My Roth IRA and SEP IRA are held at TIAA-CREF. I’ve had some problems with them in the past, which I’ve outlined a number of times. Most recently I noticed that my contributions for 2005 were included on my 2006 tax form. Their explanation was simply that 2005 contributions made during 2006 would appear on the tax form. I am hoping this won’t cause any problems.
The company’s general poor service has been well documented. I selected them originally because of their low barrier to entry; when I first started investing in an IRA, I didn’t have then $2,000 minimum required by Vanguard.
Yesterday, readers were kind enough to email their latest adventure, involving an issue with the annuities side of the TIAA-CREF house. T and R from Dilworth, Minnesota submit:
TIAA-CREF sent us a notice a week prior to our annual annuity payment saying it would be delayed due to a change in the computer system. ThatÃ¢â‚¬â„¢s right ONE WEEK notice. So we called, and they said they would put a note to send the check by DHL so we could get it overnight when they wrote the check.
A follow up call says they sent the check by regular mail. We had even offered to pay to get it overnight.
We aren’t permitted to change our plan, not even our payment date, but TIAA-CREF can act like a little dictator and change things, and then not assist us in adjusting to the problems they created.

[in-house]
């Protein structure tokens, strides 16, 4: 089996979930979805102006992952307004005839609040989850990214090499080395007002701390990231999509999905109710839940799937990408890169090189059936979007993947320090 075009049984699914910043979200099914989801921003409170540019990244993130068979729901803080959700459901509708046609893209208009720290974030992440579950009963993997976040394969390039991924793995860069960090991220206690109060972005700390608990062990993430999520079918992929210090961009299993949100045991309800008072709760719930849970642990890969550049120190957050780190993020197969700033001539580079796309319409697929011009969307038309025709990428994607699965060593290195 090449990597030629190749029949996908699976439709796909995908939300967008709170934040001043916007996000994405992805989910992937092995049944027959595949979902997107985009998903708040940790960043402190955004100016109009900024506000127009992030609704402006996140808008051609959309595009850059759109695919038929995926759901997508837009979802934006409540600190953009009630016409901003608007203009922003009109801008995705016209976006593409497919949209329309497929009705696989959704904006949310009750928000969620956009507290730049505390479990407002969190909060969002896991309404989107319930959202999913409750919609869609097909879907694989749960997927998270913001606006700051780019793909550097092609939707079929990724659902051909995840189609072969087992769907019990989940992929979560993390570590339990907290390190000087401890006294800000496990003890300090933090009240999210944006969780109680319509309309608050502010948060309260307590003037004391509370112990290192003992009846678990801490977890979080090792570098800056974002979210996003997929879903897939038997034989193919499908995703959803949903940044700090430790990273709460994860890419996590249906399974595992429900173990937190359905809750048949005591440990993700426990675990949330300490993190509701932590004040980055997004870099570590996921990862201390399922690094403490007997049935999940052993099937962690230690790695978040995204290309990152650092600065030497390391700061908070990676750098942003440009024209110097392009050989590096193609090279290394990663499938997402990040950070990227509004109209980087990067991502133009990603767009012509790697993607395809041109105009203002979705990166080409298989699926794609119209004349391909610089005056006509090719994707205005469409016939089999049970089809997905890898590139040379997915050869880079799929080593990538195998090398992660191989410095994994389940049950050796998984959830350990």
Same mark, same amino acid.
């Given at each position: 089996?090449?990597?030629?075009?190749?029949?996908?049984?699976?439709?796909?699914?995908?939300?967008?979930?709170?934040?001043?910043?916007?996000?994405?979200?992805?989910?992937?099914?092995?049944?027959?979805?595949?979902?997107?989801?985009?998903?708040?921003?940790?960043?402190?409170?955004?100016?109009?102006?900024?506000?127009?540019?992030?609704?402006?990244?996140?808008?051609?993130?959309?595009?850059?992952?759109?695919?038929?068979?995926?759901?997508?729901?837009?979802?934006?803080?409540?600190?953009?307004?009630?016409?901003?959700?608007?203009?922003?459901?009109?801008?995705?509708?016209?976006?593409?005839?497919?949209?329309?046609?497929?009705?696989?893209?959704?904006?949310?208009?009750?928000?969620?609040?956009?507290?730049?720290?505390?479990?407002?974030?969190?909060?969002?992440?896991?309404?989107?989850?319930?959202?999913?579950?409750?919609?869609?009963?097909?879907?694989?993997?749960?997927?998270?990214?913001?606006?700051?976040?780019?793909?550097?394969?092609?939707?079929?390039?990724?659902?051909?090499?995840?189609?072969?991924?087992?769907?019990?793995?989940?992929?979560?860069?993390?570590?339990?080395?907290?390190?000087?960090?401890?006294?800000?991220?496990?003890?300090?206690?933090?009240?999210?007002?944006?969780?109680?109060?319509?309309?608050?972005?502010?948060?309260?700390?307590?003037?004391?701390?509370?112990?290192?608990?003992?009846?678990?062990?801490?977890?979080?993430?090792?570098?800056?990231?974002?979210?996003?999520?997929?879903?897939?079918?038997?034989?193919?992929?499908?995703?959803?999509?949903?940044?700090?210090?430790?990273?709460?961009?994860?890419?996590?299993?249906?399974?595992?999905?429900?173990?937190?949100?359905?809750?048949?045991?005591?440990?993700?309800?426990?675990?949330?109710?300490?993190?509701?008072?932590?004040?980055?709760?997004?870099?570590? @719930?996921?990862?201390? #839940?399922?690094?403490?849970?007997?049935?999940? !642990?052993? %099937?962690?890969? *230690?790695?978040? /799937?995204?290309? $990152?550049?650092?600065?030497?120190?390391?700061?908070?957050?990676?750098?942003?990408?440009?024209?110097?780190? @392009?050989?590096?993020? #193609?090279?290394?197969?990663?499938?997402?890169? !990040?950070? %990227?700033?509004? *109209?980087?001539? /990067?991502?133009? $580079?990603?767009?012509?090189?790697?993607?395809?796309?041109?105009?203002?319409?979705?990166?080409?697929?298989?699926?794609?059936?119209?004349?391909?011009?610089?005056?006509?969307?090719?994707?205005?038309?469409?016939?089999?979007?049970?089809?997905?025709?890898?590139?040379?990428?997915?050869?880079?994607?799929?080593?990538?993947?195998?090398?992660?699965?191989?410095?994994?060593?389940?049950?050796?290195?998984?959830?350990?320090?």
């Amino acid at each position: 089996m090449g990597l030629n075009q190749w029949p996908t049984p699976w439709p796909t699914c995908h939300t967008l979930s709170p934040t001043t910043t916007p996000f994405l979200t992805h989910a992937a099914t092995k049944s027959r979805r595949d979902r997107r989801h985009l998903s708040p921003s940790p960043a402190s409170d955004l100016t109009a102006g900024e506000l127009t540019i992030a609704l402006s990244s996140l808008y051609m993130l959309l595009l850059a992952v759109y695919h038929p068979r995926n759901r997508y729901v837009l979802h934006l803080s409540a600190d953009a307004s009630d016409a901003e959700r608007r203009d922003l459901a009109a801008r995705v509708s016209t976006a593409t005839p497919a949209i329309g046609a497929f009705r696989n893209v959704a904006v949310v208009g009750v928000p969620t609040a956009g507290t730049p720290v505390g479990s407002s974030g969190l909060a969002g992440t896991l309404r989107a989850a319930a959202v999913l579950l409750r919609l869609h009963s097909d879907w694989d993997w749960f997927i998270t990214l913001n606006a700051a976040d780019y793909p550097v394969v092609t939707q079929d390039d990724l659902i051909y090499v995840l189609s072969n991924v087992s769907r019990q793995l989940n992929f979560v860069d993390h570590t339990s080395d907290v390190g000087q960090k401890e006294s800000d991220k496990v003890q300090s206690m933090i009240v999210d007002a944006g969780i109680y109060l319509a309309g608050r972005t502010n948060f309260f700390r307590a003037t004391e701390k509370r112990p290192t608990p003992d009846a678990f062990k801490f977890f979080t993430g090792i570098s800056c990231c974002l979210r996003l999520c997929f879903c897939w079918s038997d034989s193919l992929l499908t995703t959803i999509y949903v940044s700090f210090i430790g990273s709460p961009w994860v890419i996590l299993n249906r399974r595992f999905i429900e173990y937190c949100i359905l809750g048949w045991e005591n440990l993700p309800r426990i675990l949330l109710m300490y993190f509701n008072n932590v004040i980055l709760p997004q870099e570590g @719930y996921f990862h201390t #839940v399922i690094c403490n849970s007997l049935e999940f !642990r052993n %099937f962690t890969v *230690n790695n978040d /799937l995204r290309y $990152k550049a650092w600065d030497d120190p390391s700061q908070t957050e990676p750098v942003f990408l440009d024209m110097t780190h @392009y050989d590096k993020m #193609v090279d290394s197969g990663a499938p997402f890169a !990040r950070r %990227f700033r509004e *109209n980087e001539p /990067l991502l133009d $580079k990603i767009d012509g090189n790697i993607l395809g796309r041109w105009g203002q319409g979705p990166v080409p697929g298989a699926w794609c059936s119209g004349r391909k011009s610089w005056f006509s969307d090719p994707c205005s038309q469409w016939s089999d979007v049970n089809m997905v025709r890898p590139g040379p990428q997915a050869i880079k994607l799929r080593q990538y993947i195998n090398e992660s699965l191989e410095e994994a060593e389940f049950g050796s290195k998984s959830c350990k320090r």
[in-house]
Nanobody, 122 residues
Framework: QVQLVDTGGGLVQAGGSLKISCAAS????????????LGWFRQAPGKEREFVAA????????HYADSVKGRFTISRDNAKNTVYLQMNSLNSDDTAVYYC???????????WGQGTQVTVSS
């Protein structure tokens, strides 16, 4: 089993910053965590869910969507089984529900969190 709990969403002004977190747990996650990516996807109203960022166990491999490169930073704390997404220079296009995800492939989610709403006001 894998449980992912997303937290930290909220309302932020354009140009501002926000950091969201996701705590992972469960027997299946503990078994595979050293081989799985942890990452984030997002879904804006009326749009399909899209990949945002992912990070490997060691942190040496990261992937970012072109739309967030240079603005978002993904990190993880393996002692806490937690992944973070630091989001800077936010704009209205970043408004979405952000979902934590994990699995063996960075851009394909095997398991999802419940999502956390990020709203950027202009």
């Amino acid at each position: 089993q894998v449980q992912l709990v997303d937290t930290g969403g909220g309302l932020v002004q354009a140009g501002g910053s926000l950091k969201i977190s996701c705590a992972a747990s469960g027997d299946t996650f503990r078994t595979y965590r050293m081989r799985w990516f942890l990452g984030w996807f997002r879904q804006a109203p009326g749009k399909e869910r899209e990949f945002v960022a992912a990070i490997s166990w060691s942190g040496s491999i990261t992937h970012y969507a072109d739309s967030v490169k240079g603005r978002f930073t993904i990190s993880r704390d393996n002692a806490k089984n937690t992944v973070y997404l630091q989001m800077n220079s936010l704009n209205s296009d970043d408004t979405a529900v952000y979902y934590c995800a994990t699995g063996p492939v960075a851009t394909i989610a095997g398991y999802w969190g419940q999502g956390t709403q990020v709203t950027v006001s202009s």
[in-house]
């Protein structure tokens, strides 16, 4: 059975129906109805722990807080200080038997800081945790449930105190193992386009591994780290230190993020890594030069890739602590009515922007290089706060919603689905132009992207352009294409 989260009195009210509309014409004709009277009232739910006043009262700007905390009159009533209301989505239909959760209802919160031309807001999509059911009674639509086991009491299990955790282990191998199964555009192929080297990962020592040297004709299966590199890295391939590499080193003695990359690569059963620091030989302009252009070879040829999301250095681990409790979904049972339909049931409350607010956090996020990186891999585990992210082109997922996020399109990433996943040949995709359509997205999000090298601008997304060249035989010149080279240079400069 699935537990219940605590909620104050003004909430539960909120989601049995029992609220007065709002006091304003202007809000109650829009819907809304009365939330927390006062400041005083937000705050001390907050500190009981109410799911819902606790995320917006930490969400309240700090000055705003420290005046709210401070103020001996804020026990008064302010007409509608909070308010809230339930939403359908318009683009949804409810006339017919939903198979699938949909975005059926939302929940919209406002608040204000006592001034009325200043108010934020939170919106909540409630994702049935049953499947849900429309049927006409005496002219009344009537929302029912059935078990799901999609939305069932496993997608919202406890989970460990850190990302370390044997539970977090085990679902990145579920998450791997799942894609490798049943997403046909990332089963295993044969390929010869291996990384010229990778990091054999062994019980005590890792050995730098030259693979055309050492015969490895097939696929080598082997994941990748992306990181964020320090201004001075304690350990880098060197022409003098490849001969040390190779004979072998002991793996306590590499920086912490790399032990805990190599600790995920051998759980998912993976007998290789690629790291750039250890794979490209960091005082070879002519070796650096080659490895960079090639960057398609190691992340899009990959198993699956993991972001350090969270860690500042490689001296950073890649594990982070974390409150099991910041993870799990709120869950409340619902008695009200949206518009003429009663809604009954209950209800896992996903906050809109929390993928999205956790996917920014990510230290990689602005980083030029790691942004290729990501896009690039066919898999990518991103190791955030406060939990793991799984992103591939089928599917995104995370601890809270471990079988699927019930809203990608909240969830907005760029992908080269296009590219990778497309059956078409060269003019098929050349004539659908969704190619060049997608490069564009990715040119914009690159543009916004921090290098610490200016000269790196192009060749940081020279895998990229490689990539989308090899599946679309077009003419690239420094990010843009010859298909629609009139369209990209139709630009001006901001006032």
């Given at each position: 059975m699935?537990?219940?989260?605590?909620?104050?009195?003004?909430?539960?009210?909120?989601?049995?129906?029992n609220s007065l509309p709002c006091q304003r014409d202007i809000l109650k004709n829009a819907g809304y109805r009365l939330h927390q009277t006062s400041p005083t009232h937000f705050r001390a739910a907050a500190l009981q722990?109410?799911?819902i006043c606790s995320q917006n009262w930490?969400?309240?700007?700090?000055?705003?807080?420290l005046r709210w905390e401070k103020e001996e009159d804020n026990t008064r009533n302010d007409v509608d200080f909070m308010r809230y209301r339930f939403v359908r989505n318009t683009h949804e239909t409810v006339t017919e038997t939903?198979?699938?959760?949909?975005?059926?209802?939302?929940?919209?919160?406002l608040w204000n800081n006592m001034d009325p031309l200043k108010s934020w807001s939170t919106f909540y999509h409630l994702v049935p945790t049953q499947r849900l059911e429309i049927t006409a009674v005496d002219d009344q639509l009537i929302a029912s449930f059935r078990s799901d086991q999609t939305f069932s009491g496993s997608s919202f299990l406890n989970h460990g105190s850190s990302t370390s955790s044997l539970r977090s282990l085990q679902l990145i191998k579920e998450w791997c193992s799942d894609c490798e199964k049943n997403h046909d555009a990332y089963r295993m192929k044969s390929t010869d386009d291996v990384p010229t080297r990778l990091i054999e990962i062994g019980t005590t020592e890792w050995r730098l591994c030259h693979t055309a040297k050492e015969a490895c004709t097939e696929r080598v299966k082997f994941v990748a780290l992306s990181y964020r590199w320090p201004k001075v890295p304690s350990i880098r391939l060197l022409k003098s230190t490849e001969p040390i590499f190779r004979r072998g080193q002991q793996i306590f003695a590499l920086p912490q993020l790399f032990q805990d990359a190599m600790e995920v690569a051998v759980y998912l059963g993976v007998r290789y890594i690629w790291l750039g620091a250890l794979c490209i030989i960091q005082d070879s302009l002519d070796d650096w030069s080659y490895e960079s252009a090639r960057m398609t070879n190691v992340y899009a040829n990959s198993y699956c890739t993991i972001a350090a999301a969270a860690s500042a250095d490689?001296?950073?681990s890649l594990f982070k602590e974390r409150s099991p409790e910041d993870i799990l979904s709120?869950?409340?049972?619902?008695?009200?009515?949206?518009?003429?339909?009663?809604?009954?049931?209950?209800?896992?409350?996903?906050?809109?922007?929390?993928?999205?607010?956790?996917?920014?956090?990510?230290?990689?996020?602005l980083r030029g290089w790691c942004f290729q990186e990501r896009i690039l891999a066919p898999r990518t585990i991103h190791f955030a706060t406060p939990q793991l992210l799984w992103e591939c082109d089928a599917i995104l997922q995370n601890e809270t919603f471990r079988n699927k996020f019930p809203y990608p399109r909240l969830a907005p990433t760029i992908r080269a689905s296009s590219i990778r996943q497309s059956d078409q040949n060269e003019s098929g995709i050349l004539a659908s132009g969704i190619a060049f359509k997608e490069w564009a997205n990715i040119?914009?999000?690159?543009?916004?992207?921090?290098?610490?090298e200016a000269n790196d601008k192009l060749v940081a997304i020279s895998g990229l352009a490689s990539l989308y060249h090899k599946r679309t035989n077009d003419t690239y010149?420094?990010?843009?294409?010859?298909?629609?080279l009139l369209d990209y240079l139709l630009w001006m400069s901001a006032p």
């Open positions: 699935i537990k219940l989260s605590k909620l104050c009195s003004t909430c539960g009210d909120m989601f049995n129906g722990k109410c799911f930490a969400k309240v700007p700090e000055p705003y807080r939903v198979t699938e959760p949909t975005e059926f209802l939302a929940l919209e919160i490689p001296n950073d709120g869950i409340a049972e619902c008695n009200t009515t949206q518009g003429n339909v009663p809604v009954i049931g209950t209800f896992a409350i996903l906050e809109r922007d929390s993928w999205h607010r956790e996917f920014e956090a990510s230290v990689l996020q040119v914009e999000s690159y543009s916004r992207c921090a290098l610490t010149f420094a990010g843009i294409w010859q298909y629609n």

2006 was a bad year due to medical expenses, and we have no reserves left. We needed our payment on time. Someone needs to investigate why TIAA-CREF can change our annuity payment date when we can not change the date. There’s something very one-sided about this.
Here is my observation. This “change in the computer system” excuse has been TIAA-CREF’s method of operation for over a year. That was their excuse when my SEP IRA was not funded with the money I transferred. Here’s the original CNN article from February 2006 in which TIAA-CREF claimed “computer problems” caused major issues for a large number of customers.
It is appalling that similar problems — and this excuse — continue over a year later.
Updated January 17, 2018 and originally published March 4, 2007.